What if a sex club opened and no one came?

In a First Amendment-loving town like Portland, where porn is as prevalent as greenspaces and private intimacies are displayed in public, that seems very unlikely.

But that's what happened to Club Glory, which closed its doors in December after being open for just 10 months. Glory labeled itself as a sex club for men. Lying somewhere on Kinsey's continuum between a bathhouse and a dirty bookstore, this membership-only club was essentially a big room with lots of gaping holes in its walls (a.k.a. "glory holes"—hence the name).

Located on Southwest 13th Avenue, at the corner of hip (shop owners call the 'hood SoBu) and happening (leather bars, rock clubs, sushi), Glory's building also holds the distinction of once being home to an atheist center and the recording studio where the Kingsmen recorded "Louie, Louie." And just six months prior to Glory, this warehouse-looking space was home to another queer-centric sex club, XES, where rumors ran rampant that too many female "patrons" forced its closure.

So why did Club Glory shut down?

"I wish I knew. I'd still have a business," says Glory's owner Fred Morris. "The weekends were busy, but it sort of petered out. There wasn't enough support in the end."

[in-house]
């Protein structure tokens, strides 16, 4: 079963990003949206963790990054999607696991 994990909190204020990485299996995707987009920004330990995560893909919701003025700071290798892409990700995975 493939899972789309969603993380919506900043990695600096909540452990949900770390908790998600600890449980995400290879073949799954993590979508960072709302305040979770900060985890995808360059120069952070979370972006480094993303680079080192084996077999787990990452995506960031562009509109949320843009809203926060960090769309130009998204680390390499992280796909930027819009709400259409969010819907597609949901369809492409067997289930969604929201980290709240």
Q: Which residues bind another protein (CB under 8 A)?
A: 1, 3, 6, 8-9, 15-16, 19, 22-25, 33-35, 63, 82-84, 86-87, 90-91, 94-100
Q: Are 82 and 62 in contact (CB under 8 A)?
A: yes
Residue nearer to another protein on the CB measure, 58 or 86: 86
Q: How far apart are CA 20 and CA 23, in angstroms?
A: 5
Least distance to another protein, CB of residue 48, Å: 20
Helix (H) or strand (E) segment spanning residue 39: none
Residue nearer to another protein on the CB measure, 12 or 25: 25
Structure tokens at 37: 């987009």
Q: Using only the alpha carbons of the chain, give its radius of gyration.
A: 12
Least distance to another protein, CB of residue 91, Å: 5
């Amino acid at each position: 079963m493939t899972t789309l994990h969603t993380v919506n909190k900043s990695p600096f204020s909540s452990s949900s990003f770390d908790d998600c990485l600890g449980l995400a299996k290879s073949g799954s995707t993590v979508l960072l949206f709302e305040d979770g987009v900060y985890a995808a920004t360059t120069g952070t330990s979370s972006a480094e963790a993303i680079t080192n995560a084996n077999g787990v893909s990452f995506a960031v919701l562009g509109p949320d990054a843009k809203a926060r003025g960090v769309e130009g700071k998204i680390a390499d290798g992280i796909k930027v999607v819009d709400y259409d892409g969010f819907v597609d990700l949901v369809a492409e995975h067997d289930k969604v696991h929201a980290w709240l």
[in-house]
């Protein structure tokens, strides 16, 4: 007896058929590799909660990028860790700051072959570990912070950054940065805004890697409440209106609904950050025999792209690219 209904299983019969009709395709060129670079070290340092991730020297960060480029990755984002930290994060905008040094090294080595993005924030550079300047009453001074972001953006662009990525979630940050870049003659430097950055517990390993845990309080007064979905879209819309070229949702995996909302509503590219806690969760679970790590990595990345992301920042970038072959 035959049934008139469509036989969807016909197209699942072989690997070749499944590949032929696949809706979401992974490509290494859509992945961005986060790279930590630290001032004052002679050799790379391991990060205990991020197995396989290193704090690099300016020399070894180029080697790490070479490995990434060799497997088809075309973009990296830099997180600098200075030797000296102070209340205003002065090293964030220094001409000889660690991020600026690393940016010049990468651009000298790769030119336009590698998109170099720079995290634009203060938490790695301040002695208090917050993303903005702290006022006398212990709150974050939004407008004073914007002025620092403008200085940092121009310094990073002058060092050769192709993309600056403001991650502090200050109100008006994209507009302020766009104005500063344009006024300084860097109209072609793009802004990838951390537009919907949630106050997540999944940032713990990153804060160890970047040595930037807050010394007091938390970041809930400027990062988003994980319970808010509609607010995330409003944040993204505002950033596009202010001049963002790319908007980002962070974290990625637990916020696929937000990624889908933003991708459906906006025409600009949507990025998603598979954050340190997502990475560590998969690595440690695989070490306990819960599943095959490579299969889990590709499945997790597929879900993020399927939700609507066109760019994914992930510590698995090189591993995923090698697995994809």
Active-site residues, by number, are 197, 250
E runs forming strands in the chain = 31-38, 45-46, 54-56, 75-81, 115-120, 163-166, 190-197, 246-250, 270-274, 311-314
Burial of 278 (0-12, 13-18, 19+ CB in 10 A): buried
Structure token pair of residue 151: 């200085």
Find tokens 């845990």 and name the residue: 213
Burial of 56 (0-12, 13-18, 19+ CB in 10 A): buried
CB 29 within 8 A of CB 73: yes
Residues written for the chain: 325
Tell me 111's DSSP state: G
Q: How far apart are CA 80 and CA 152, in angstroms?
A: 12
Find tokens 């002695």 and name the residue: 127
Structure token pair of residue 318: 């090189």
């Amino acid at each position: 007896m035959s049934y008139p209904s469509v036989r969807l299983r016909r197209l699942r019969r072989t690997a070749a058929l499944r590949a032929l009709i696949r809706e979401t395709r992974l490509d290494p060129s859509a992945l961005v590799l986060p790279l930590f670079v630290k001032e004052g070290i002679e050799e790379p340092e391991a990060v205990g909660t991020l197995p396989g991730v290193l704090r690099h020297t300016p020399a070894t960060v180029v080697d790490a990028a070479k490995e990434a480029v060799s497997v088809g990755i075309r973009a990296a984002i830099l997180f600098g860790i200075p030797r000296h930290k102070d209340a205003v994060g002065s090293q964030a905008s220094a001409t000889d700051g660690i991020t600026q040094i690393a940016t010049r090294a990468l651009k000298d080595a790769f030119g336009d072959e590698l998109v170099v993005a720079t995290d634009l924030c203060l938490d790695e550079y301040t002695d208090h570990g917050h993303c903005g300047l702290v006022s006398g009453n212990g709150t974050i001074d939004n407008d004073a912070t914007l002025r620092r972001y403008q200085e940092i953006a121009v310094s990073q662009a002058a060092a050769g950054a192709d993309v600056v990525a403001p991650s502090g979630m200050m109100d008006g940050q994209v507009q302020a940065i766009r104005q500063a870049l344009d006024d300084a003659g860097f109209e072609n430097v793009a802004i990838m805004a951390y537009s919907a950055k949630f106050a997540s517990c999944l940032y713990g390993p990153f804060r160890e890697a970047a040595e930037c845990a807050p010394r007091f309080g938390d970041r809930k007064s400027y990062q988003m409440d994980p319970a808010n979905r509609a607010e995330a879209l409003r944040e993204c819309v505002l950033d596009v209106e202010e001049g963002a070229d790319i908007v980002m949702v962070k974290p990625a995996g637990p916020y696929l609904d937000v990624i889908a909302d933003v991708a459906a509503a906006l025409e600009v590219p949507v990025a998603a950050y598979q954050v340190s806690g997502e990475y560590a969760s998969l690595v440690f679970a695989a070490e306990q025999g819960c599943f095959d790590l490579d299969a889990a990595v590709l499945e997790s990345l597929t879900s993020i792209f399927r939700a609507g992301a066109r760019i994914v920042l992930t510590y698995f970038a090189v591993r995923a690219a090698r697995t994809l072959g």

Although I'm certain Morris had no idea how funny that all sounded, I do know he was unwilling to discuss the exact details of the club's closure due to the fact he's trying to get someone else to pick up where he left off. But before he completely clammed up, Fred did share with me the one thing I believe will make it hard for sex clubs—straight or gay—to allow their freak flags to fly for much longer: "The Internet has a big part of [the sex business]."

No shit. Why waste cash on a membership—which implies you're horny as hell and willing to pay for the privilege of hooking up with dudes—when it's so much easier to do a couple double-clicks on your home computer and, voilà, there's a big, throbbing dick standing at your front door? When I did a quick count last Thursday there were already over 100 new posts that day on craigslist.org's "Men Seeking Men" section—that was at 3:45 pm. By midnight there were another nearly 100 posts seeking anonymous gay hook-ups.

Today, the Web provides the perfect cloaking device for our most private desires. And like any cloaking device, it can blind us to what's really happening.

You see, you don't have to agree whether sex clubs should exist. In fact, I'm sure religious zealots get a new set of wings every time one closes up shop. But with each closure we need to realize we're losing more than just one more glory hole in the wall. We're losing our right to congregate in the "church" of our choice. Hell, due to cultural norms, having to avoid our queer selves in our public lives is tough enough, but if everyone ends up trying to hide their true selves behind big walls in private, too, then what's the point of living in the first place?